Sleep disorders are abnormal sleep patterns and physiological changes that affect health. Over one third of Americans experience chronic sleep disturbance which contributes to numerous health conditions including: Cardiovascular and respiratory disease, depression, chronic pain syndromes, gastrointestinal diseases and decreased quality of life, among others. Chronic sleep deprivation is an epidemic that can have cumulative neurocognitive effects and exacerbate a broad array of common chronic diseases including obesity, hypertension, diabetes, stroke and coronary artery disease.
The effect on gastrointestinal health and disease is profound, albeit typically not recognized or addressed by clinicians. Dysfunctional sleep has been identified in a wide array of GI diseases affecting both visceral and hepatic disease, with both inflammatory and neoplastic induction.
Sleep and the GI system have a dynamic bidirectional relationship, effecting a complex balance of circadian rhythms, neurohumoral transmitters and the intestinal microbiome. The resultant effects of this interplay between sleep and GI health/disease is often difficult to define, however, a primary sleep disorder may be exacerbated by a GI disease, such as GERD, or a GI disease such as IBD may be the primary underlying cause of a sleep disorder. Regardless, there is emerging recognition that sleep and GI health may represent new targets for disease intervention. This includes the identification of genomic changes where gene products may be potential therapeutic targets. Additionally, epigenetic changes related to the environment can enhance the transcriptional activity of important genes. Also, clearly the intestinal microbiome is a discovery field for microbial products and activated immune cells that may translocate to the periphery and respond to manipulation. This relationship with sleep is another new horizon of recognition.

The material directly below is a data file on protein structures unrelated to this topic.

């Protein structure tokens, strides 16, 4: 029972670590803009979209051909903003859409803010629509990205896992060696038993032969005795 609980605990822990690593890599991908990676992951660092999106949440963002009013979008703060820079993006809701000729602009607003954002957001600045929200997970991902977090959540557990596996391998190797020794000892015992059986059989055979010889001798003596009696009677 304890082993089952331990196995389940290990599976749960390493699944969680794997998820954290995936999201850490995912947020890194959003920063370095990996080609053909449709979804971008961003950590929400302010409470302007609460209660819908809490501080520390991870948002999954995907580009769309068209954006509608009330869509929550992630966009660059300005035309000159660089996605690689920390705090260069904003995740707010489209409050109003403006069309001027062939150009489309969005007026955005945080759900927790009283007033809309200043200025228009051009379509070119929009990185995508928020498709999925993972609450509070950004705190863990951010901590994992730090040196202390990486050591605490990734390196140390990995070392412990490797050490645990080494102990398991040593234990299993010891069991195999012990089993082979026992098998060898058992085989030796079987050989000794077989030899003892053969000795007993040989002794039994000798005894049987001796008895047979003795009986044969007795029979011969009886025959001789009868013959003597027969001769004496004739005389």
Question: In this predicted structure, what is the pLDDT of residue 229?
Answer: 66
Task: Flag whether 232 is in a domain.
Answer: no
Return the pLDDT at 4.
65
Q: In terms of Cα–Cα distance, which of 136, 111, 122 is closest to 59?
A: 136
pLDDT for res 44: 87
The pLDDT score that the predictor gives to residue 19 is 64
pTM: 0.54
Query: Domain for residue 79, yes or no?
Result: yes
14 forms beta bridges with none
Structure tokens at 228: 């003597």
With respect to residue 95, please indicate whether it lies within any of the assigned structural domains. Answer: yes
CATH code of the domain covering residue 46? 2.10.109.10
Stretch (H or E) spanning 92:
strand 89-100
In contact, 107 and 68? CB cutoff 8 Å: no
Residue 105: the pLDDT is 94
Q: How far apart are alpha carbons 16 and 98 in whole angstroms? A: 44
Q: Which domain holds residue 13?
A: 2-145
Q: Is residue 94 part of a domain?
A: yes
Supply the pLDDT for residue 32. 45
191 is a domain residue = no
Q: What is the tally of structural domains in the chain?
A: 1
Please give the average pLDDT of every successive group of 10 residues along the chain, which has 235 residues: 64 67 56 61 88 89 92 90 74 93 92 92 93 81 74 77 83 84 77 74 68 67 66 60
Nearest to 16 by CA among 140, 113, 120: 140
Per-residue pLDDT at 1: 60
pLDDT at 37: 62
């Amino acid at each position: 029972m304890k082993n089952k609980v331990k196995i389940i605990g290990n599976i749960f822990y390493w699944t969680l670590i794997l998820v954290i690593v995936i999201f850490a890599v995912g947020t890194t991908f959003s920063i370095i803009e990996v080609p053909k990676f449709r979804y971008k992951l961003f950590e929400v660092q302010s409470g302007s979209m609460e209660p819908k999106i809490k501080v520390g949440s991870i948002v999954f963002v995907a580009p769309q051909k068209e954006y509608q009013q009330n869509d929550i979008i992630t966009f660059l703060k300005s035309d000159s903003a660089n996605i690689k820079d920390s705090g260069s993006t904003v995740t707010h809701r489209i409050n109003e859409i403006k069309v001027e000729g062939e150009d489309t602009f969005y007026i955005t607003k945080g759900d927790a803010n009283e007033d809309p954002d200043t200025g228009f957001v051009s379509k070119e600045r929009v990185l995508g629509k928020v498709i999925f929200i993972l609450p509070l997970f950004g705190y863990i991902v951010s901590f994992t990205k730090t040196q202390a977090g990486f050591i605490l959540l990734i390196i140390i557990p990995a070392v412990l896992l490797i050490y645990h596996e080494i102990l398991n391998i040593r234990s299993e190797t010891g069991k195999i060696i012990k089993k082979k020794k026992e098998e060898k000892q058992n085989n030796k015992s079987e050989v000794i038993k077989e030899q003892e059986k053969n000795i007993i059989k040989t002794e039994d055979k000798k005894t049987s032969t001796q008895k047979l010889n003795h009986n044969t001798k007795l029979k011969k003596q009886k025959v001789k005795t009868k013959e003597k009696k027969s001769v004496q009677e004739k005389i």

As these relationships between sleep and GI health have been identified, these findings are logical targets for intervention. As such, a keen and insightful awareness is necessary to maintain good health, or assessing symptoms of a disease state. Thus, the recognition of sleep disorders, and appropriate sleep directed management can help optimize the treatment of numerous gastrointestinal diseases.
Clearly, people need to recognize that sleep is not just a “placeholder” of dark time between two periods of daylight activity. Rather, assessing and promoting good sleep should be a “health mandate” for maintaining and regulating normal GI physiologic health, or mitigating sleep directed disease management strategies to optimize patient outcomes. Therefore, sleep dysfunction, should be a routine focus of all care providers, recognizing the importance of good sleep for promoting health and sleep disorders in perpetuating disease.
It is the meaningful intent of the authors of this treatise to increase the appropriate awareness of the invaluable role of sleep. Clearly, it is time for us all to open our eyes and realize the value of closing them.
David A Johnson MD MACG FASGE FACP
J. Catesby Ware PhD FAASM
Parth Parekh MD
Edward C. Oldfield IV MD
William Orr PhD FACG